Many lot owners, particular those in older strata schemes, do not know what by-laws apply to their scheme. While the Secretary of the Owners Corporation is required to keep a record of all the by-laws in force in the scheme this record may not always be accurate.

Why? There was a change to the law on 1 July 1997 affecting strata schemes registered before this date. Also over time there is often ad hoc additions, amendments and repeals of by-laws by the Owners Corporation. If rigorous records are not kept, confusion ensues.

This is particularly so where there are several by-laws in respect of the same subject area, for instance where there are by-laws in respect of either works and/or exclusive use areas. It is relatively common for the beneficiary of an exclusive use by-law to want to add additional space or conduct additional works (requiring a second by-law). If not properly drafted these by-laws can cause uncertainty.

For strata schemes registered after 1 July 1997, the applicable by-laws are:

  • the by-laws registered with the strata plan (including any amendments or repeals after their registration); and
  • any additional by-laws registered after the strata scheme.

For strata schemes registered before 1 July 1997:

  • the model by-laws 1 – 29 in the Strata Schemes (Freehold Development) Act 1973 (NSW) (the 1973 by-laws) no longer apply;
  • the model by-laws listed in schedule 1 of the Strata Schemes Management Act 1996 (NSW)  now apply (the 1997 by-laws); and
  • any additions to the 1997 by-laws made after 1 July 1997; and
  • any by-laws that were added to the 1973 by-laws; and
  • any amendments, additions to, or repeals of the schemes by-laws made before or after 1 July 1997.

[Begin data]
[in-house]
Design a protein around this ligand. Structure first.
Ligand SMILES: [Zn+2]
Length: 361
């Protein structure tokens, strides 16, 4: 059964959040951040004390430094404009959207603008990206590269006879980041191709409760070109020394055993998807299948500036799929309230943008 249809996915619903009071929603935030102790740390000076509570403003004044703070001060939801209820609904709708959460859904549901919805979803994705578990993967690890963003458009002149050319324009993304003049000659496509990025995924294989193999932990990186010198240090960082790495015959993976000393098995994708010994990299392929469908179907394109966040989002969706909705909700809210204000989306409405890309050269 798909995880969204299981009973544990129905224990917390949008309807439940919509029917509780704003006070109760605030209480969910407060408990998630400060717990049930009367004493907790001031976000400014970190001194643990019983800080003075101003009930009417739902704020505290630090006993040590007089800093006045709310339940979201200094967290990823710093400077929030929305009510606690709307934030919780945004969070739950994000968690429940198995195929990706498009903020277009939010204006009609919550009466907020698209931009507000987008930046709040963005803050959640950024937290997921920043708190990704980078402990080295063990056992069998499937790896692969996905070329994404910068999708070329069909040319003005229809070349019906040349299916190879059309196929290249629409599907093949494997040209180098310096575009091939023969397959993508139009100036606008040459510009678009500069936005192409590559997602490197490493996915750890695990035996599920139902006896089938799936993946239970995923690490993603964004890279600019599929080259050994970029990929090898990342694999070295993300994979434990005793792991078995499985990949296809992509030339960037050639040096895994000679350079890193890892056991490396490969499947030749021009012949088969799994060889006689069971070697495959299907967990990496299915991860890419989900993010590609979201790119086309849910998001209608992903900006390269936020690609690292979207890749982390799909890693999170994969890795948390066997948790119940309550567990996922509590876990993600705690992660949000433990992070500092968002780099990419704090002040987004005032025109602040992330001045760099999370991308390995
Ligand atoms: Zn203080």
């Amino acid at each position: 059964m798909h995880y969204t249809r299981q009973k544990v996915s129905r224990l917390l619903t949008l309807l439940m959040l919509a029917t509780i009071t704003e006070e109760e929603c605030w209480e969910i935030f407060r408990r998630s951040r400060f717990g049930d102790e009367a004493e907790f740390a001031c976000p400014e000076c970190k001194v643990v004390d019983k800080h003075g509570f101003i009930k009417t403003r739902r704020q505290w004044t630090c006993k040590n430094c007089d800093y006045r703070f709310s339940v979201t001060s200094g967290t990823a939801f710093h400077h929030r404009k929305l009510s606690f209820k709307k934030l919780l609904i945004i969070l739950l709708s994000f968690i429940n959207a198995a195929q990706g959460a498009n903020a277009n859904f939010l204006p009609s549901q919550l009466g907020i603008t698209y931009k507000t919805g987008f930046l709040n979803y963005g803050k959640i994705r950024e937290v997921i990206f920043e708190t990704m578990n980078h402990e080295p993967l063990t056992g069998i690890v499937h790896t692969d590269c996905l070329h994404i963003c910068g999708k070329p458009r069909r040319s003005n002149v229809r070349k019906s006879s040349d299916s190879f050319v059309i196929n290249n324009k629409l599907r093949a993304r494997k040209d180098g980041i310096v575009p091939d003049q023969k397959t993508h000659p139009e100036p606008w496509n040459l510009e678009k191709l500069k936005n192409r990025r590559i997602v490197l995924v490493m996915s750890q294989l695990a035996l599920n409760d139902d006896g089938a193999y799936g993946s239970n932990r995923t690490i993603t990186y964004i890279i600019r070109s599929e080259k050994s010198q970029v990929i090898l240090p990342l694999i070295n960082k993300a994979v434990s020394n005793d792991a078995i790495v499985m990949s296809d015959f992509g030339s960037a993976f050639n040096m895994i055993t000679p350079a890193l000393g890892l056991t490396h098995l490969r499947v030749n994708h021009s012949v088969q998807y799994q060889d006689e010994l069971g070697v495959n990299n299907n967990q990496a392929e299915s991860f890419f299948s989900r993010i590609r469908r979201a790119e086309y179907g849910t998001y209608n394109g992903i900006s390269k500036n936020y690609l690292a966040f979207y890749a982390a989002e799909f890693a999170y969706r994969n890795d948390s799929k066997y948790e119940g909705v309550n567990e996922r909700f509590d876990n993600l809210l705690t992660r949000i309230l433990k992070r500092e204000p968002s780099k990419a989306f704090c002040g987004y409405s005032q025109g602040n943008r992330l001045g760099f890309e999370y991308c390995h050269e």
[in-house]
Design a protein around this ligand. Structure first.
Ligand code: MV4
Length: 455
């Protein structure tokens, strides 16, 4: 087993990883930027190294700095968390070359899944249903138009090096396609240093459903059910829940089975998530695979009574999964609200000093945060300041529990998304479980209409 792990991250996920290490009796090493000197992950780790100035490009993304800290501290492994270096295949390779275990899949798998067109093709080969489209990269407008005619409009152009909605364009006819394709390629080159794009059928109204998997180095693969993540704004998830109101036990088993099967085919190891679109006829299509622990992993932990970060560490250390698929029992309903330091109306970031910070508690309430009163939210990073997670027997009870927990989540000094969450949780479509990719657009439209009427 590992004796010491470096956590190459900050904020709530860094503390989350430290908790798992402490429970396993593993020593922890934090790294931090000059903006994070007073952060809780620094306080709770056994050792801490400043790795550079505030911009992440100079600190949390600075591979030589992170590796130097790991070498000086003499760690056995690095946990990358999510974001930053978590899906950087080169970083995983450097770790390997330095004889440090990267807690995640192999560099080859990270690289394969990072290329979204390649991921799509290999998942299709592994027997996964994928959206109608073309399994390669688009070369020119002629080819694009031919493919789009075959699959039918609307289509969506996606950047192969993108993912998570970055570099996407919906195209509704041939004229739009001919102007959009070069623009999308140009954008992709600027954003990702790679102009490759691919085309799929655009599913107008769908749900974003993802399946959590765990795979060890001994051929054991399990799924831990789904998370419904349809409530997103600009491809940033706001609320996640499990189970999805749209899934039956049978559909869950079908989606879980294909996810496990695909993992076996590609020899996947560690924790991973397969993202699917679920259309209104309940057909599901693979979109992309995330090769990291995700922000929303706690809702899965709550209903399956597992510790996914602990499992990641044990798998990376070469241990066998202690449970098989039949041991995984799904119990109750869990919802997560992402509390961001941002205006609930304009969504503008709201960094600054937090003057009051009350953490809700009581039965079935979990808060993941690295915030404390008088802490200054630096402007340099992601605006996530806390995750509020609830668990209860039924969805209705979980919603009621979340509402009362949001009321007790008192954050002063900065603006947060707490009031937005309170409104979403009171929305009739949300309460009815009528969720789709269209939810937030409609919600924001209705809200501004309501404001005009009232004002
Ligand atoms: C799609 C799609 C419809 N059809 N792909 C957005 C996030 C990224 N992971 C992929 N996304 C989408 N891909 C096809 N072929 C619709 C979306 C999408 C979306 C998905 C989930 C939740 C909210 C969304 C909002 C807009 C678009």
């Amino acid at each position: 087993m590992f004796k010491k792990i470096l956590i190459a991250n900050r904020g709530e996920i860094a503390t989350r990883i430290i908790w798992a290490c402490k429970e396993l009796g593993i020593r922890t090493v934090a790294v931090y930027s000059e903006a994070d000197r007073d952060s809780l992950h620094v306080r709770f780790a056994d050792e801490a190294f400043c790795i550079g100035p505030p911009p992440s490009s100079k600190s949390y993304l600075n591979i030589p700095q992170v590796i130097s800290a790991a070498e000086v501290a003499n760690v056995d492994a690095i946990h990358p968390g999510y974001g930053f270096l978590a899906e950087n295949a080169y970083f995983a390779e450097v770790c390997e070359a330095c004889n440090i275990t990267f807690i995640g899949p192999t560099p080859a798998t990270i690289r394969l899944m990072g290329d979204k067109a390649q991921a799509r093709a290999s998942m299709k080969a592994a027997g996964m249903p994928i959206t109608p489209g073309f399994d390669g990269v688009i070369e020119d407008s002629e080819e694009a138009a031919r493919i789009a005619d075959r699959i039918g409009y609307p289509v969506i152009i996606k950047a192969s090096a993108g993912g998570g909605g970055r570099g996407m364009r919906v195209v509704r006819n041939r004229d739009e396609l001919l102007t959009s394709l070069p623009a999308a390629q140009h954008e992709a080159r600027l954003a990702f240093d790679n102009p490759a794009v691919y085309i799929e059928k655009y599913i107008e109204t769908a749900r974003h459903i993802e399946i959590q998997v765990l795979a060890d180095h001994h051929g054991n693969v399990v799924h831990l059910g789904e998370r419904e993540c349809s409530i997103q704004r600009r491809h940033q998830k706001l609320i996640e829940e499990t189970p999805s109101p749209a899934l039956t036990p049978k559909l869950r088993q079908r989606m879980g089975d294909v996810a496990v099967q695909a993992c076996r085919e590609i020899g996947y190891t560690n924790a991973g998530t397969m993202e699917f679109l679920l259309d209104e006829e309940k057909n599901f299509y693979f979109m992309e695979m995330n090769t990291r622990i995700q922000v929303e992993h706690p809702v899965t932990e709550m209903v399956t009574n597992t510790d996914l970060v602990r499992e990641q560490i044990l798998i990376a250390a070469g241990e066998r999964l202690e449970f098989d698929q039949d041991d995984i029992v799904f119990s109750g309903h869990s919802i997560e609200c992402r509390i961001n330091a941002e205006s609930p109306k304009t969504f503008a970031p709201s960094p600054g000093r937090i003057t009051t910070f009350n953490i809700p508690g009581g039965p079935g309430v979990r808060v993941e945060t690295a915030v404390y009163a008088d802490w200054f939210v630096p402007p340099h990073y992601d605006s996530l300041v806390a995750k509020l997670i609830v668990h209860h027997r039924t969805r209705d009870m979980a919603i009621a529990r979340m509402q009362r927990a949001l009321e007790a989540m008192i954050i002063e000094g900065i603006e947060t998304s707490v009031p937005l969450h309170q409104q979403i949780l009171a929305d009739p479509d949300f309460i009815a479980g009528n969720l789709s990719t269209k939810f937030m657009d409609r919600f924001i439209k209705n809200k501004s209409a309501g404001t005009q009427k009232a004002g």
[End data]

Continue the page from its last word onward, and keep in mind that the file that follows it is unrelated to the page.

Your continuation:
Note that any amendments, repeals or additions to the original by-laws must be registered to be valid but that registration does not make an invalid by-law valid.

Fair Trading has indicated that as part of the strata reform process that existing schemes will be required to consolidate their by-laws. The proposed reforms are expected to be released early in 2015. This provides existing schemes with an ideal opportunity to be proactive and plan ahead by starting the process of reviewing their existing by-laws now. By obtaining advice on their by-laws (including advice on validity) now existing plans will be in a better position to consolidate their by-laws in an organised and considered manner.

 

Kerin Benson Lawyers

Author: Allison Benson

Email: allison@kerinbensonlawyers.com.au

Date: 8 August 2014

Why Balconies Leak

Ross Taylor & Associates’ famous “Why Balconies Leak” video – Everything you need to know about balcony leaks, but were too afraid to ask.

httpss://youtu.be/pkc4-9RbRuU

New Debt Collection Guidelines: Are you following the appropriate procedure?